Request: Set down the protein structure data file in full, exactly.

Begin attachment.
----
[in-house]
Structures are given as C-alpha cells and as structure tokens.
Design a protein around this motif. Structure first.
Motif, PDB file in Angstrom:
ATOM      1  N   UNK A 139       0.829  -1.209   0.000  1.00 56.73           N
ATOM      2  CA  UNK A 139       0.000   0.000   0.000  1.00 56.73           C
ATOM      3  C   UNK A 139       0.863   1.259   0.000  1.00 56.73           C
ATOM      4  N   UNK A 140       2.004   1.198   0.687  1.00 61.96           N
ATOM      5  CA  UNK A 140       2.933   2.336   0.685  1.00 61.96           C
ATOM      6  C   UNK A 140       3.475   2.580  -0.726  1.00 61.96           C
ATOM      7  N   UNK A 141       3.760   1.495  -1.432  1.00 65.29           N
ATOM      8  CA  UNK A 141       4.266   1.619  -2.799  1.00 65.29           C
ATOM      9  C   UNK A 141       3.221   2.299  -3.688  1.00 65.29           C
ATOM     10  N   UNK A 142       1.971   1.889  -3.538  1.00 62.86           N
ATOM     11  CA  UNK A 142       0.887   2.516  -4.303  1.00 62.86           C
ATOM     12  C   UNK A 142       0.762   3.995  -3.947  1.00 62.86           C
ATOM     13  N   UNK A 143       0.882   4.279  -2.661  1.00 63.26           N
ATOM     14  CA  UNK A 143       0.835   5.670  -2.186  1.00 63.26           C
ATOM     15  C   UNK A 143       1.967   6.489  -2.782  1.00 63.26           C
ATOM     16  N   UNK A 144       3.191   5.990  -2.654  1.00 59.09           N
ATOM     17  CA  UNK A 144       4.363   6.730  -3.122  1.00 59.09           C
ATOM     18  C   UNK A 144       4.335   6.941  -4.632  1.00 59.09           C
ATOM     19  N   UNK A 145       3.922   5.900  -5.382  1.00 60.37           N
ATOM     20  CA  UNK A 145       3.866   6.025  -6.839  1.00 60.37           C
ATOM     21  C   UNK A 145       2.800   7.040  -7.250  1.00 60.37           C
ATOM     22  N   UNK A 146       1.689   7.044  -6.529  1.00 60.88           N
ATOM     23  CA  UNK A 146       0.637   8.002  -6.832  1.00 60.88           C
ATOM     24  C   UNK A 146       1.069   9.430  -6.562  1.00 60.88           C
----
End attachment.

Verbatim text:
[in-house]
Structures are given as C-alpha cells and as structure tokens.
Design a protein around this motif. Structure first.
Motif, PDB file in Angstrom:
ATOM      1  N   UNK A 139       0.829  -1.209   0.000  1.00 56.73           N
ATOM      2  CA  UNK A 139       0.000   0.000   0.000  1.00 56.73           C
ATOM      3  C   UNK A 139       0.863   1.259   0.000  1.00 56.73           C
ATOM      4  N   UNK A 140       2.004   1.198   0.687  1.00 61.96           N
ATOM      5  CA  UNK A 140       2.933   2.336   0.685  1.00 61.96           C
ATOM      6  C   UNK A 140       3.475   2.580  -0.726  1.00 61.96           C
ATOM      7  N   UNK A 141       3.760   1.495  -1.432  1.00 65.29           N
ATOM      8  CA  UNK A 141       4.266   1.619  -2.799  1.00 65.29           C
ATOM      9  C   UNK A 141       3.221   2.299  -3.688  1.00 65.29           C
ATOM     10  N   UNK A 142       1.971   1.889  -3.538  1.00 62.86           N
ATOM     11  CA  UNK A 142       0.887   2.516  -4.303  1.00 62.86           C
ATOM     12  C   UNK A 142       0.762   3.995  -3.947  1.00 62.86           C
ATOM     13  N   UNK A 143       0.882   4.279  -2.661  1.00 63.26           N
ATOM     14  CA  UNK A 143       0.835   5.670  -2.186  1.00 63.26           C
ATOM     15  C   UNK A 143       1.967   6.489  -2.782  1.00 63.26           C
ATOM     16  N   UNK A 144       3.191   5.990  -2.654  1.00 59.09           N
ATOM     17  CA  UNK A 144       4.363   6.730  -3.122  1.00 59.09           C
ATOM     18  C   UNK A 144       4.335   6.941  -4.632  1.00 59.09           C
ATOM     19  N   UNK A 145       3.922   5.900  -5.382  1.00 60.37           N
ATOM     20  CA  UNK A 145       3.866   6.025  -6.839  1.00 60.37           C
ATOM     21  C   UNK A 145       2.800   7.040  -7.250  1.00 60.37           C
ATOM     22  N   UNK A 146       1.689   7.044  -6.529  1.00 60.88           N
ATOM     23  CA  UNK A 146       0.637   8.002  -6.832  1.00 60.88           C
ATOM     24  C   UNK A 146       1.069   9.430  -6.562  1.00 60.88           C